At Home in Sodom
The man had a choice to make. He and his uncle were both immigrants who left their old country at the same time and journeyed together to a new land. Each ran his own business, but they stayed close and often worked together. They gained more and more holdings and had more and more people working for them—so many, in fact, that they finally had to part ways. There wasn’t enough room for both enterprises to be in the same place at the same time, and there was rivalry and competition between their workers. So the old man and his nephew decided to go their separate ways before things got out of hand. Now all they had to do was decide where each would live and do business.
The uncle was generous. As senior partner, he could have insisted on first choice, but he wanted to part on friendly terms, so he told his nephew, “Let’s not argue about who should settle where. I’ll leave it up to you. You choose where you want to live and work, and I’ll settle somewhere else.”
The nephew was delighted to have first choice. He knew exactly where he wanted to settle. He had in mind a city that had a thriving business community and was surrounded by land that was fertile and well-watered, perfect for agriculture. The place was brimming with opportunity. He couldn’t lose!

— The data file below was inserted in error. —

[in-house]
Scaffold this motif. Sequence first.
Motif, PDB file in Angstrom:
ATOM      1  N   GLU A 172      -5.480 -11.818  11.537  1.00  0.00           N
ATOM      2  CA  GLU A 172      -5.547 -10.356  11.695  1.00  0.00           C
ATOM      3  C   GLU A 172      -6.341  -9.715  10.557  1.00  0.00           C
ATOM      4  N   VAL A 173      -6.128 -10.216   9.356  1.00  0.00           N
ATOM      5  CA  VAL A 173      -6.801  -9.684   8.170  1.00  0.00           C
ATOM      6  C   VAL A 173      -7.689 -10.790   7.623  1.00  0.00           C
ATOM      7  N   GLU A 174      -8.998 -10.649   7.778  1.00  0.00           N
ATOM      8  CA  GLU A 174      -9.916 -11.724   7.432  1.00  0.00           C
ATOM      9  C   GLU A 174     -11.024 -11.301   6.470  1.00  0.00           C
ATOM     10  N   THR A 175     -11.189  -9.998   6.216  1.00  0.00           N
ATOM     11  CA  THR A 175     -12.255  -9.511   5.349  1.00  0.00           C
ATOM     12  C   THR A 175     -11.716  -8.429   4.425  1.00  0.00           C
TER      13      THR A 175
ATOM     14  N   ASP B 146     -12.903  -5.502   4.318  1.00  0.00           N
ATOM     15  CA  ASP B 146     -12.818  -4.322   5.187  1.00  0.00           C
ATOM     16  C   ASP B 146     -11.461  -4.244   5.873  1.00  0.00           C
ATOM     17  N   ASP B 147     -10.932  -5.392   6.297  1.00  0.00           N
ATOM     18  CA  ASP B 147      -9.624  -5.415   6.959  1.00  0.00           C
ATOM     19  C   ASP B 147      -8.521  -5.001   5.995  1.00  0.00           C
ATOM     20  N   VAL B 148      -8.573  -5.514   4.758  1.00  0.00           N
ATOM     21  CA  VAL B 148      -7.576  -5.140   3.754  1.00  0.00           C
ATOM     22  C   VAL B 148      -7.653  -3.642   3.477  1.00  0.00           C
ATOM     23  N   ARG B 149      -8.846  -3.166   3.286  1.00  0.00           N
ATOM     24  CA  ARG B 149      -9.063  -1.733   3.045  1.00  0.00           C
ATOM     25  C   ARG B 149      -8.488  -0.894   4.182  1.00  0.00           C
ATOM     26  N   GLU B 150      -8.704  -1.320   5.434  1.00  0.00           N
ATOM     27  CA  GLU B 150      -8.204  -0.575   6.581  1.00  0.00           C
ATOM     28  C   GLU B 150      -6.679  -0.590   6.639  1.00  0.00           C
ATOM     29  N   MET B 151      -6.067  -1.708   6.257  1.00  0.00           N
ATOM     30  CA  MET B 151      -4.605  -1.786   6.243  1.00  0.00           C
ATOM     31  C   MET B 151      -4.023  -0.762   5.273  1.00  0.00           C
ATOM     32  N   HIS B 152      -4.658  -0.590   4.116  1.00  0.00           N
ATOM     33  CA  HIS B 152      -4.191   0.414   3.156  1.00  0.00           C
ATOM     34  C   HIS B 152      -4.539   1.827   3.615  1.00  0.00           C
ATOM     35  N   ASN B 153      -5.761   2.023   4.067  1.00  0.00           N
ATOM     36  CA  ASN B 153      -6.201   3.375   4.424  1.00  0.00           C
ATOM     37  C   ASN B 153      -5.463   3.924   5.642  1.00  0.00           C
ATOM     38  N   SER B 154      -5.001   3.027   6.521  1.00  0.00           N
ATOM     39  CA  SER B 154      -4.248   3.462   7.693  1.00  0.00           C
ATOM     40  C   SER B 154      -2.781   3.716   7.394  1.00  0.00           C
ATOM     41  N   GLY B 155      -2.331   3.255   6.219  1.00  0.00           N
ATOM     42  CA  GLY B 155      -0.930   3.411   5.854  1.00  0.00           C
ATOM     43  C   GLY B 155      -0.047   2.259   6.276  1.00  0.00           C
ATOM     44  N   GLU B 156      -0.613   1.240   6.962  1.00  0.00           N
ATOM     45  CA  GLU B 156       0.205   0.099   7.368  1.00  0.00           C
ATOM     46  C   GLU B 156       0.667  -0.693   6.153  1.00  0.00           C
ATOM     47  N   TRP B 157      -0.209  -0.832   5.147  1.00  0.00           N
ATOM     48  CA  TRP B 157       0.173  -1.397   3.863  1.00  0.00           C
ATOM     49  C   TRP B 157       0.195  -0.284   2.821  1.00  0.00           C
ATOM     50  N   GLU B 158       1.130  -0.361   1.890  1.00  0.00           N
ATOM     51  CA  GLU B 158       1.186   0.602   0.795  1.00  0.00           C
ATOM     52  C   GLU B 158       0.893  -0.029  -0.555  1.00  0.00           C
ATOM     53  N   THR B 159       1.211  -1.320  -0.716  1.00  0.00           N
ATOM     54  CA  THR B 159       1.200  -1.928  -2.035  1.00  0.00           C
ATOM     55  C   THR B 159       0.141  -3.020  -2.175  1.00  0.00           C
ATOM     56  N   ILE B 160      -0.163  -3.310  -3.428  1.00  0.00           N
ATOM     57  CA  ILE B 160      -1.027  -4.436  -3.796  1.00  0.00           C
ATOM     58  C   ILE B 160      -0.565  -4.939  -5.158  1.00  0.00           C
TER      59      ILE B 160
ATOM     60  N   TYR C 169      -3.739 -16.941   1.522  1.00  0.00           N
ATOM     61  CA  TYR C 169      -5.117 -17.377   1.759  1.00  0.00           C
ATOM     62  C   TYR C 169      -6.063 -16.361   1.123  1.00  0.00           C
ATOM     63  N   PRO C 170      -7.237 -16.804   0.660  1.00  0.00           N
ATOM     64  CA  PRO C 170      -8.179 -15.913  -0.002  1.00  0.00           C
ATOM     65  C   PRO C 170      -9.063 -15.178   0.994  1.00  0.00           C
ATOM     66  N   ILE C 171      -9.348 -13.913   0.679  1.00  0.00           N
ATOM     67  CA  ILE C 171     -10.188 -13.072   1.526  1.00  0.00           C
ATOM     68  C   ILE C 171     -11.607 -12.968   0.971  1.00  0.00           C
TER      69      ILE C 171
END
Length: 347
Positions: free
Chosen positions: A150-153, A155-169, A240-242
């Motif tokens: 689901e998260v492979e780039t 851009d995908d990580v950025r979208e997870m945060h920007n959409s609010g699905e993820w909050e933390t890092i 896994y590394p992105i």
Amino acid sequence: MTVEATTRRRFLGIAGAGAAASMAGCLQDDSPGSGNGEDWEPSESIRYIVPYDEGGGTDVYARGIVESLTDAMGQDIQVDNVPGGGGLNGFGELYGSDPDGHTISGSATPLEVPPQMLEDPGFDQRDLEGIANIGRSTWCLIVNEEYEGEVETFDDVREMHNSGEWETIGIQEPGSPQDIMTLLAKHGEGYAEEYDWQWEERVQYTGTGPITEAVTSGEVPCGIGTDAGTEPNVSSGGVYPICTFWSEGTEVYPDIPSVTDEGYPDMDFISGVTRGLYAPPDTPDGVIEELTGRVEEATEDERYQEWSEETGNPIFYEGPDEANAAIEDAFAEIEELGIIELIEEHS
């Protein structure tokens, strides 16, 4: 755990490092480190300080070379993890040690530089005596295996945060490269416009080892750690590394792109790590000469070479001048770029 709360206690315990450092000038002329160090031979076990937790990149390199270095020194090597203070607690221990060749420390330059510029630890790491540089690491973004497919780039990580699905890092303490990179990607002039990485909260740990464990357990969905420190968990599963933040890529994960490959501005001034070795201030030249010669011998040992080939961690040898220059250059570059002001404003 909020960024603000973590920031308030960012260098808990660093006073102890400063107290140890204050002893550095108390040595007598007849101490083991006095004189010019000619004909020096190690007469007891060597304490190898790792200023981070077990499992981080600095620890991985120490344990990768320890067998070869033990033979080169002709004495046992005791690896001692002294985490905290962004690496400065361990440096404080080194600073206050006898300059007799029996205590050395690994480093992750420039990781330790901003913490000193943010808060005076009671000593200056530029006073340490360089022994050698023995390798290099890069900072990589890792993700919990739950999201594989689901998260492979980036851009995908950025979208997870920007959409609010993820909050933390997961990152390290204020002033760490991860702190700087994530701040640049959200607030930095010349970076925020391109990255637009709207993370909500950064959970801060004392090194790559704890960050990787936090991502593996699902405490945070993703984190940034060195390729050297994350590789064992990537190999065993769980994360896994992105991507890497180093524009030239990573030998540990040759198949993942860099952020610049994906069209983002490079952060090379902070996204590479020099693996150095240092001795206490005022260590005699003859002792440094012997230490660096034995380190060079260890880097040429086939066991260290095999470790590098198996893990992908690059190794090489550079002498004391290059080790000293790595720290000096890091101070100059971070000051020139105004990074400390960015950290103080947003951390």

And so the nephew, whose name was Lot, chose to settle near a city called Sodom. One look at the flourishing economy of that area, and Lot knew it was the place for him. Meanwhile, his uncle, Abraham, settled near the town of Hebron.
Fast-forward a few years. Lot’s dreams are coming true. He started out living on the outskirts of Sodom, but now he’s got a place in Sodom itself. In fact, Lot is one of the most prominent men in the city. He has a seat in the city gates, where the members of the city council make policy and settle disputes. Not bad for an immigrant: a financial success and a city councilman! Lot has chosen well; he’s made it big in the land of opportunity.
But now fast-forward again. The picture has changed. Sodom is gone. Nothing remains but charred ruins. The twin cities of Sodom and Gomorrah have been obliterated; the suburbs and the surrounding countryside have also been wiped out. Lot’s wife is dead. The men his daughters were engaged to marry are dead. Lot himself is still alive, but only after a narrow escape. He and two daughters made it out of the city just in time, but the three of them are miserable. Lot no longer has a wife, his daughters have no husbands, and they have nothing else, either. When they fled from Sodom, there was no time to spare. They had to leave everything behind. It all went up in flames.